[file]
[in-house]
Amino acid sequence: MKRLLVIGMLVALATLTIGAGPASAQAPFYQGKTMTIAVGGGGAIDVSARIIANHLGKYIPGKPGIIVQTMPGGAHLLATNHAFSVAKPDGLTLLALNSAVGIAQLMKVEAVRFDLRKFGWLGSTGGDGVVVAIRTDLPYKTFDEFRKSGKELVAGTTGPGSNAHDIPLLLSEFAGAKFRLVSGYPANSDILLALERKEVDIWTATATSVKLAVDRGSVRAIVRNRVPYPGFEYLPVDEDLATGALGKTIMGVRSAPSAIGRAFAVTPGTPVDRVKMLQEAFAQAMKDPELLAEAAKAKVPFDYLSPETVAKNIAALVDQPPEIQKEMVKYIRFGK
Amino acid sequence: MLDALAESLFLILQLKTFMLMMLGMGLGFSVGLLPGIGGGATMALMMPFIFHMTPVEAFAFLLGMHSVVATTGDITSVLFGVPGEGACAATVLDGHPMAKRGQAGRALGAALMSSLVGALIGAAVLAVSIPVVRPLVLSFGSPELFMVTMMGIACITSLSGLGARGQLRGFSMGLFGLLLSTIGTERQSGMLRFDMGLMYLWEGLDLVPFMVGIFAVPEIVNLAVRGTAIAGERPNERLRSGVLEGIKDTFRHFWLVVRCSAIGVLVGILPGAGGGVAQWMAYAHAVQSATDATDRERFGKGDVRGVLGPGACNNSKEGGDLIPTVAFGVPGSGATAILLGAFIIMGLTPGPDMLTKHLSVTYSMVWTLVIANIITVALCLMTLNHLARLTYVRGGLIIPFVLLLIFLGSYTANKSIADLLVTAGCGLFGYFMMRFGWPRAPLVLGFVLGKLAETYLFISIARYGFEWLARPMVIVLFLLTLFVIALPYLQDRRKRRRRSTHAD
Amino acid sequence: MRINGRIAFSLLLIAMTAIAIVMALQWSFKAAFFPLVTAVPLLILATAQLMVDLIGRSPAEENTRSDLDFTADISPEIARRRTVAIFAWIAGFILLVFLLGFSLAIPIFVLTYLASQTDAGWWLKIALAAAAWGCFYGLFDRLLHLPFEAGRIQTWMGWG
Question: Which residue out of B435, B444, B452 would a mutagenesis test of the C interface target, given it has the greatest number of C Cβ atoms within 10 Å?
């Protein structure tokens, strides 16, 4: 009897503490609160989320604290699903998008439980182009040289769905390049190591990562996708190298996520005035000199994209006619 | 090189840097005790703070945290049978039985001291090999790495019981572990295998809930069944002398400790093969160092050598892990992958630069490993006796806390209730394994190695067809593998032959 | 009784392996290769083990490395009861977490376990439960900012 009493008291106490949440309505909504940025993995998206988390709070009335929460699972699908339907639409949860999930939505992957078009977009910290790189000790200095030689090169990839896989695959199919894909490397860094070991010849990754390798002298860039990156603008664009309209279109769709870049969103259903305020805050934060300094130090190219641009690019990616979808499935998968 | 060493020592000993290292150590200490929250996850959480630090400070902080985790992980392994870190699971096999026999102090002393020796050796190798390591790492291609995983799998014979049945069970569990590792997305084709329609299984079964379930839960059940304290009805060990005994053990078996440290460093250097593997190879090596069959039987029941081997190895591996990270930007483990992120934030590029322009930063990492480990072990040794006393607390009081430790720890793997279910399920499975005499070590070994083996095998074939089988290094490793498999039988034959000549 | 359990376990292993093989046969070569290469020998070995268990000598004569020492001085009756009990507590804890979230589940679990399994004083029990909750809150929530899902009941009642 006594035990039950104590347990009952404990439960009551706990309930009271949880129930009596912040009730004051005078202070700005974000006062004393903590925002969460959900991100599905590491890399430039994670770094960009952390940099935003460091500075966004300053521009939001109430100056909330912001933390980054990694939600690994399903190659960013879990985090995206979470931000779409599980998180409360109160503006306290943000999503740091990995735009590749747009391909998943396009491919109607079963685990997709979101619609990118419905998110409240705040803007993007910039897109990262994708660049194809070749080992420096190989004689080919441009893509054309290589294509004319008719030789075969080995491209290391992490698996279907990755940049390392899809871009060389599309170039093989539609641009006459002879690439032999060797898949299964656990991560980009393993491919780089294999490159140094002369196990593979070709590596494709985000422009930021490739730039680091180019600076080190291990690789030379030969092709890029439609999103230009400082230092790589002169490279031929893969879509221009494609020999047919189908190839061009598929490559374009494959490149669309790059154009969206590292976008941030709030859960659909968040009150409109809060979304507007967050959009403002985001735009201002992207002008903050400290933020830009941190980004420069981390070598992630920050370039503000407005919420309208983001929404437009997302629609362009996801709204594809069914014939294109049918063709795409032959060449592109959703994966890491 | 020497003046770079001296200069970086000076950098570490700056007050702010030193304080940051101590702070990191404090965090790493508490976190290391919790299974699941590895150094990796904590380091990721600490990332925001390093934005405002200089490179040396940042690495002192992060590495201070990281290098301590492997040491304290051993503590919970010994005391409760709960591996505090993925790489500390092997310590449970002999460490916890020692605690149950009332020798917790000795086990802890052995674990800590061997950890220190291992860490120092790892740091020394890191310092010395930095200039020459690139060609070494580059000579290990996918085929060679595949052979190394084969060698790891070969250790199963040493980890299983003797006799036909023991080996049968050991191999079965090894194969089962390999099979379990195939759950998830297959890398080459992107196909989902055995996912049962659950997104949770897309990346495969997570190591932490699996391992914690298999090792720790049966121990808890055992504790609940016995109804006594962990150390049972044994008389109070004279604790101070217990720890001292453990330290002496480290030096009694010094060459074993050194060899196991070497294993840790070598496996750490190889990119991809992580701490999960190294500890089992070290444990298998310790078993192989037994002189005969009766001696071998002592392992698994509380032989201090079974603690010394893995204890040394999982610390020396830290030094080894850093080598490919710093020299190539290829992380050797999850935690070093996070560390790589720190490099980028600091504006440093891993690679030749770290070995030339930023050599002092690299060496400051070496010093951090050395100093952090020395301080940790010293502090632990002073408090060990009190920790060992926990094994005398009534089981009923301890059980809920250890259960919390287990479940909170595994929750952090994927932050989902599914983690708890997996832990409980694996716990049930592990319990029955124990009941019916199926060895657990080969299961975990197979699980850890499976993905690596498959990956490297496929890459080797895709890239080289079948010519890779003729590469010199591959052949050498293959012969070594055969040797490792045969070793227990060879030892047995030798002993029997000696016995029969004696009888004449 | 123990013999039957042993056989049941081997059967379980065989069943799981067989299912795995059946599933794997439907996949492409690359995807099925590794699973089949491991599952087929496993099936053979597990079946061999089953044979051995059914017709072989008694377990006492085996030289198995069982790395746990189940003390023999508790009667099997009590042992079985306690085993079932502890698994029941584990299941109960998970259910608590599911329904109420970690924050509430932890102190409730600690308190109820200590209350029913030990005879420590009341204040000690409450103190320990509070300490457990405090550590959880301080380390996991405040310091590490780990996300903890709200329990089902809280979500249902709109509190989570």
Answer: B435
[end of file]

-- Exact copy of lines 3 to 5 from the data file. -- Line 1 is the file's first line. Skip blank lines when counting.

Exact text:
Amino acid sequence: MLDALAESLFLILQLKTFMLMMLGMGLGFSVGLLPGIGGGATMALMMPFIFHMTPVEAFAFLLGMHSVVATTGDITSVLFGVPGEGACAATVLDGHPMAKRGQAGRALGAALMSSLVGALIGAAVLAVSIPVVRPLVLSFGSPELFMVTMMGIACITSLSGLGARGQLRGFSMGLFGLLLSTIGTERQSGMLRFDMGLMYLWEGLDLVPFMVGIFAVPEIVNLAVRGTAIAGERPNERLRSGVLEGIKDTFRHFWLVVRCSAIGVLVGILPGAGGGVAQWMAYAHAVQSATDATDRERFGKGDVRGVLGPGACNNSKEGGDLIPTVAFGVPGSGATAILLGAFIIMGLTPGPDMLTKHLSVTYSMVWTLVIANIITVALCLMTLNHLARLTYVRGGLIIPFVLLLIFLGSYTANKSIADLLVTAGCGLFGYFMMRFGWPRAPLVLGFVLGKLAETYLFISIARYGFEWLARPMVIVLFLLTLFVIALPYLQDRRKRRRRSTHAD
Amino acid sequence: MRINGRIAFSLLLIAMTAIAIVMALQWSFKAAFFPLVTAVPLLILATAQLMVDLIGRSPAEENTRSDLDFTADISPEIARRRTVAIFAWIAGFILLVFLLGFSLAIPIFVLTYLASQTDAGWWLKIALAAAAWGCFYGLFDRLLHLPFEAGRIQTWMGWG
Question: Which residue out of B435, B444, B452 would a mutagenesis test of the C interface target, given it has the greatest number of C Cβ atoms within 10 Å?